Thursday, April 7, 2011


Directed by Henry Corra

In the most haunting documentary I've seen in a while, THE DISAPPEARANCE OF MCKINLEY NOLAN follows McKinley Nolan's family as they search for answers about his disappearance during the Vietnam War.  There's mystery surrounding his disappearance, from possible sightings of him in 2005 to classified government documents. 

His family lives in a little town just outside of Houston.  Nothing fancy; very simple life.  His brother talks about how they all grew up working in the cotton fields to make a living, and after 20 years of that, you get sick of it.  So, McKinley joined the army.  He goes to Vietnam, leaving his wife and kids at home, and realizes he was fighting a war that he didn't really believe in.  That's when the letters home 1967.  Ever since then, his family has wanted to know something or anything about what happened to him.

Then, in 2005, Lt. Dan Smith, who was revisiting the battlefields of his Vietnam days, ran into an African American man who said he was from Texas.  After some research, Smith thinks this could be McKinley Nolan.  He visits the family, tells him his story, which becomes the catalyst for the McKinley's brother, Michael, to travel to Vietnam and find answers.  As they travel, they're met with some dead ends and some glimpses of hope.  Michael meets McKinley's other son.  Together they begin to unravel some clues as to the whereabouts of McKinley and his second wife. 

The story goes that McKinley was a deserter and joined the Viet Cong, or was an American operative, or he killed two guards and then joined the other side.  Many different stories surrounding his life.  During which he met his Vietnam wife, had a son, and decided to stay, that part is true.  However, when Vietnam's infrastructure began to crumble, McKinley and his wife escaped to Cambodia.  Soon after, the Khmer Rouge began their mass genocide against its own people.  At this point, many of us would have given up hope and assumed him dead, but not Michael.  Michael's love and determination keeps him going until he finds solid proof of what happened.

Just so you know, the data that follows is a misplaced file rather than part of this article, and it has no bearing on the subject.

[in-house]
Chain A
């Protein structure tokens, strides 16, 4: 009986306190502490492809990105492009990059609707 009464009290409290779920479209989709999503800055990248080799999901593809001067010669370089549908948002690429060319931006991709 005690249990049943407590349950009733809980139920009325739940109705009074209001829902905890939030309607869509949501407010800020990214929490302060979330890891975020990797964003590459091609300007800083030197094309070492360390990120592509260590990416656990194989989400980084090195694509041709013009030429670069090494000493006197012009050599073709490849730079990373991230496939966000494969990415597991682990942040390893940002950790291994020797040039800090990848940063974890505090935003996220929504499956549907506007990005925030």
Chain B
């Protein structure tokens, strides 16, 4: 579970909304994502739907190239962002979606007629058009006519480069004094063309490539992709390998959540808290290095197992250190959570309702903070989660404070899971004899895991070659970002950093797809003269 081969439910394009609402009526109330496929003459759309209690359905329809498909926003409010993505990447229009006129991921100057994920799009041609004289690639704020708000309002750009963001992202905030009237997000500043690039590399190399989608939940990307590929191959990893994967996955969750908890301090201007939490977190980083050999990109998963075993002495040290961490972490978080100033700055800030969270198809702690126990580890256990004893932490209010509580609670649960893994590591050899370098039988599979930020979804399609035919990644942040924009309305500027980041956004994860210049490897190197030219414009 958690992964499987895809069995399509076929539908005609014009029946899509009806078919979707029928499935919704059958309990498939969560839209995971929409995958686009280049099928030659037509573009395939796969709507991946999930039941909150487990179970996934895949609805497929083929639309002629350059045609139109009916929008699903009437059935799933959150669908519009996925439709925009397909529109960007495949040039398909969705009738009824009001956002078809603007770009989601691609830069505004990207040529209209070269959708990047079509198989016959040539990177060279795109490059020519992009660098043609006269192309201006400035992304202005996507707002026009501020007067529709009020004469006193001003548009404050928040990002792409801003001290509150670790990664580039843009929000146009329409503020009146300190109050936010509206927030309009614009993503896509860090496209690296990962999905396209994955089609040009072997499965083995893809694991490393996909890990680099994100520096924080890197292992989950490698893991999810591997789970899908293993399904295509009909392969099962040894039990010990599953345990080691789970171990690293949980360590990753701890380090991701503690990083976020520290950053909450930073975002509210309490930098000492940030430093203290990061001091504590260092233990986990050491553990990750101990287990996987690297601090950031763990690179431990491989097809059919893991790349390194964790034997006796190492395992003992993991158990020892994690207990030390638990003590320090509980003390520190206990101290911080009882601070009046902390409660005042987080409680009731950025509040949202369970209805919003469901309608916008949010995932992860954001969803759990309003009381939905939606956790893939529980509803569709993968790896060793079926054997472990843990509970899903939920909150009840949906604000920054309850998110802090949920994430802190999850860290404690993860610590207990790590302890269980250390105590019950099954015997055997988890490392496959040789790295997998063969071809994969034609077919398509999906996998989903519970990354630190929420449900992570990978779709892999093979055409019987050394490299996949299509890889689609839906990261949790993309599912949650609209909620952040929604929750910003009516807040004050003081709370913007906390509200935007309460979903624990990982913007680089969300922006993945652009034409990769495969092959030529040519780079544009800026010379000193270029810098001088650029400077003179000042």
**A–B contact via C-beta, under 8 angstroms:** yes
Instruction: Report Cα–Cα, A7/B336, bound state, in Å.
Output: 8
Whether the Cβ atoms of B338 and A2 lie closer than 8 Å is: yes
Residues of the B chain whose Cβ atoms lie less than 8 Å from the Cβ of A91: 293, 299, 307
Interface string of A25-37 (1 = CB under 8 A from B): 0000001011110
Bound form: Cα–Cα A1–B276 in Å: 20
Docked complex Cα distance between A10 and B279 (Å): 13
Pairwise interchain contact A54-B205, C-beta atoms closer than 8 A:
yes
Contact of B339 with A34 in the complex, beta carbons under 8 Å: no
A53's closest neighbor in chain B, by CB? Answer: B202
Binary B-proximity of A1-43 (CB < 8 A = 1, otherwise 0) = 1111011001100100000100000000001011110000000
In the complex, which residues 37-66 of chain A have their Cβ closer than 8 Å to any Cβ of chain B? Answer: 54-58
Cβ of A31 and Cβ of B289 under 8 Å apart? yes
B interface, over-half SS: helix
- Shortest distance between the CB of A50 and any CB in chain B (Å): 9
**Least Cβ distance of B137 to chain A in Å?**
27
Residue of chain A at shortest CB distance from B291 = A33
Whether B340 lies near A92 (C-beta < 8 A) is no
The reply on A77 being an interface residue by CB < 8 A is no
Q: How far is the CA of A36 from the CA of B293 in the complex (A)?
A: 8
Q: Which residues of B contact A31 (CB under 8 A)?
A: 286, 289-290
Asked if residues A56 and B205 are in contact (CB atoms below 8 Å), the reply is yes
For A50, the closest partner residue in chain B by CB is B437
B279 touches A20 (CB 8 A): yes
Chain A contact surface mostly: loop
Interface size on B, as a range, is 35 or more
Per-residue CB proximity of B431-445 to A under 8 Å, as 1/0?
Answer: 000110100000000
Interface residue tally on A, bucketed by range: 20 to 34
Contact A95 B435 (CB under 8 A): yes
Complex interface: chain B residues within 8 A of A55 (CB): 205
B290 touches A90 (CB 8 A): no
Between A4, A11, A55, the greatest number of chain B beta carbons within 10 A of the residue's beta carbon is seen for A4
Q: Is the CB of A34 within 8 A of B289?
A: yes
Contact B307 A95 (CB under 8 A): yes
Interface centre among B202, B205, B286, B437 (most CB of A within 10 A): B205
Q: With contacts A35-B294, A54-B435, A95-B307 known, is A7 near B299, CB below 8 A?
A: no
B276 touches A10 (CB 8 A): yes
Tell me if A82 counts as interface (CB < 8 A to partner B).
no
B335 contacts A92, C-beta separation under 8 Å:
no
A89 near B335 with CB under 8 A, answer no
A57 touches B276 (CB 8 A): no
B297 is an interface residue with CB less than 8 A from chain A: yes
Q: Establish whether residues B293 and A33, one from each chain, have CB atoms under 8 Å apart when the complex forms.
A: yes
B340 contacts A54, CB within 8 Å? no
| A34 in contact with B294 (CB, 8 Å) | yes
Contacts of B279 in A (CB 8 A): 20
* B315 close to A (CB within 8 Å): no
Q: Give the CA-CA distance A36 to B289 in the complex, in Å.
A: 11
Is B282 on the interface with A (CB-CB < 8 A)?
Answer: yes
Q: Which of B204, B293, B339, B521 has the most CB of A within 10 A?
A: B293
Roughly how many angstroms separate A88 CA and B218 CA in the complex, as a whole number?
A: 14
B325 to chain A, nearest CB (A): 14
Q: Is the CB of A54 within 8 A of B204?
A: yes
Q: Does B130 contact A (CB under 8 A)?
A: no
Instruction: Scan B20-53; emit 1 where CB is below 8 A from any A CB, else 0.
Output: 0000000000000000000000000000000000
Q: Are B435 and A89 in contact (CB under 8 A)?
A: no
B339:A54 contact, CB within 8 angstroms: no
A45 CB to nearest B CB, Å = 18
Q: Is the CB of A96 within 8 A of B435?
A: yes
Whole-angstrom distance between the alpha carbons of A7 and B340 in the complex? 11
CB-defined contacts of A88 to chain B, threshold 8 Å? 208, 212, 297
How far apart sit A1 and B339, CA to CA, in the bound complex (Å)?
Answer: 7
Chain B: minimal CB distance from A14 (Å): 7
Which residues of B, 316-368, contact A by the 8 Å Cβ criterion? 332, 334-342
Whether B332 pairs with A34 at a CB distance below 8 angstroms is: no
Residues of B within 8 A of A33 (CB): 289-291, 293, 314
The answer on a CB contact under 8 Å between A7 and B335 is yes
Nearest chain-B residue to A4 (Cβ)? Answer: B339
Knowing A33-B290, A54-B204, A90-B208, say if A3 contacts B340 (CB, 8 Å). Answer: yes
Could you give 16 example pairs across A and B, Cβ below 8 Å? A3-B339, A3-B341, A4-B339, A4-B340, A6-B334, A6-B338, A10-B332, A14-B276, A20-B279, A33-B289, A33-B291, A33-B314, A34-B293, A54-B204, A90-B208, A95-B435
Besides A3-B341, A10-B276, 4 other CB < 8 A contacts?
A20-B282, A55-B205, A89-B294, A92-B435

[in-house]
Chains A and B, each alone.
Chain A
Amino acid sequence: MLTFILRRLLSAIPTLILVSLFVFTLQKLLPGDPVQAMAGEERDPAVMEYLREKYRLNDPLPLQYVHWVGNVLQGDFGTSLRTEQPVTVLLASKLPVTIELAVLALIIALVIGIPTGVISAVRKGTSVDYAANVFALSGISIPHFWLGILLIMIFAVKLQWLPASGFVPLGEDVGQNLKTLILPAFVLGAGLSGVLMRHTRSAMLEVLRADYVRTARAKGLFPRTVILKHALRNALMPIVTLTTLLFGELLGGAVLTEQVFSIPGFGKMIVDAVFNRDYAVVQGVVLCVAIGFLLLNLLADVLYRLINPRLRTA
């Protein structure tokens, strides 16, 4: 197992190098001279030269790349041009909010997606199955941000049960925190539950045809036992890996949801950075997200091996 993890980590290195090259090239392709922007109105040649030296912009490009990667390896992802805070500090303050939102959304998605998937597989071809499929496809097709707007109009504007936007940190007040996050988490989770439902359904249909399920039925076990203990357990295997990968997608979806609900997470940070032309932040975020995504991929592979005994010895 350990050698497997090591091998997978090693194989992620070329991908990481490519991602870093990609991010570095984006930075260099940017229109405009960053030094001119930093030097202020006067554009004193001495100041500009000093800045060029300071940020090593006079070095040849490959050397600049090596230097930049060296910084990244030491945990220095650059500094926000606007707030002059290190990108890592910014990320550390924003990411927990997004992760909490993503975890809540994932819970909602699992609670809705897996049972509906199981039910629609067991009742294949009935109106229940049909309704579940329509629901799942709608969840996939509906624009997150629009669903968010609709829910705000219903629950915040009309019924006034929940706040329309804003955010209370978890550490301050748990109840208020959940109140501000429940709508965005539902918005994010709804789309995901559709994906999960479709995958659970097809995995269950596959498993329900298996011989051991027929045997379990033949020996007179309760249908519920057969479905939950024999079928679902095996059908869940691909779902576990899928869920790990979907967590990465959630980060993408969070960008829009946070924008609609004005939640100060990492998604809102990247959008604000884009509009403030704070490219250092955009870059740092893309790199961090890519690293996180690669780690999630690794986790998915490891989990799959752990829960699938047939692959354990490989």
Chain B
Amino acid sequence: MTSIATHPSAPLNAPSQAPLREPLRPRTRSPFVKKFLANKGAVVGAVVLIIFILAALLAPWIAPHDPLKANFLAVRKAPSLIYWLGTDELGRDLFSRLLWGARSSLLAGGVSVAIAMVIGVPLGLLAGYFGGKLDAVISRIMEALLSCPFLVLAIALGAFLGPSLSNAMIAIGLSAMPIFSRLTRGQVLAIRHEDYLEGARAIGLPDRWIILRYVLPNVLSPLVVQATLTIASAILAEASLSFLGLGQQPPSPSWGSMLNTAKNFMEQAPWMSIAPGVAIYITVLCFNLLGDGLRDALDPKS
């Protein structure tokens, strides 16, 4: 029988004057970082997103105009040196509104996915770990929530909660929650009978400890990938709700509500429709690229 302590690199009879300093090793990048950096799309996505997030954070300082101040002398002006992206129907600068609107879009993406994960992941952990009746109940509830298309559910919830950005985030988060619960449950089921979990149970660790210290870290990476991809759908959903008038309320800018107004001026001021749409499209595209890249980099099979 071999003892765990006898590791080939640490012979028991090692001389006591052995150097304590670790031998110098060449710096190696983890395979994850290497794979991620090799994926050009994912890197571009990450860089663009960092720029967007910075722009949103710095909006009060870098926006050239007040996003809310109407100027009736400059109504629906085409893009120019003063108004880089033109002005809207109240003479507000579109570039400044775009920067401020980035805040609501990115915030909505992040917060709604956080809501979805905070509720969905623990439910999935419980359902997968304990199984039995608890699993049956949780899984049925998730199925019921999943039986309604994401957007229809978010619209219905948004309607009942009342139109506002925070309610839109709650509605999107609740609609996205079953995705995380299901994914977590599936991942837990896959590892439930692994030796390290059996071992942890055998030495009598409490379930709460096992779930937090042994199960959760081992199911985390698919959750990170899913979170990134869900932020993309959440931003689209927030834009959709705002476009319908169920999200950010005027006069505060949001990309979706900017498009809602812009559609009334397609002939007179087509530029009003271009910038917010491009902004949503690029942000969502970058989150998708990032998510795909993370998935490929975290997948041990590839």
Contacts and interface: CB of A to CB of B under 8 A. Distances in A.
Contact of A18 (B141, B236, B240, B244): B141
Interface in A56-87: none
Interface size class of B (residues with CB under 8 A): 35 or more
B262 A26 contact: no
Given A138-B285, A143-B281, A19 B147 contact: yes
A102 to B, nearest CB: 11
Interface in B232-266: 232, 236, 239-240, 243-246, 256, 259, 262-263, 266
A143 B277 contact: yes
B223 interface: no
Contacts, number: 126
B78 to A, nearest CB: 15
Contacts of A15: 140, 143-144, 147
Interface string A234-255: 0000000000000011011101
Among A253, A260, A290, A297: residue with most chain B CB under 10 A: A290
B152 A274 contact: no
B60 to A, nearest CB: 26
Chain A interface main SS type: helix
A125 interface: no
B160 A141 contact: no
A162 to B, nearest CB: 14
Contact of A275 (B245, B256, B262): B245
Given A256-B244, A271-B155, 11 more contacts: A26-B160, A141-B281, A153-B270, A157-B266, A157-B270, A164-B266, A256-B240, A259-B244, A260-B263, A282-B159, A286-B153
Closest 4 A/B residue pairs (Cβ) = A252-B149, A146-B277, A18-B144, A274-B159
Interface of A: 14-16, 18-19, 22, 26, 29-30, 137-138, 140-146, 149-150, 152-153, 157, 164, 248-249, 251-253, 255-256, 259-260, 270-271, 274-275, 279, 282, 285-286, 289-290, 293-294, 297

Throughout their investigation, the filmmakers were able to get unprecedented interviews with old members of the Viet Cong and Khmer Rouge.  (Most of the Khmer Rouge members, who are still alive, are on trial for crimes against humanity).  Even though these seem like breaks in their case, many of the men wouldn't divulge too much information because it puts their own livelihood at risk.  No real answers, just more questions.

In the end, the movie becomes less about McKinley, and more about Michael's spirit, love and determination.  It seems that after McKinley disappeared and the family wasn't getting much help from the government, they gave up trying.  Then when Smith showed up, all those feelings got swirled back to the surface.  A new determination was sparked, and answers were needed.  The documentary will leave you talking and discussing what really happened, what would you do, and how far you would go for answers. 

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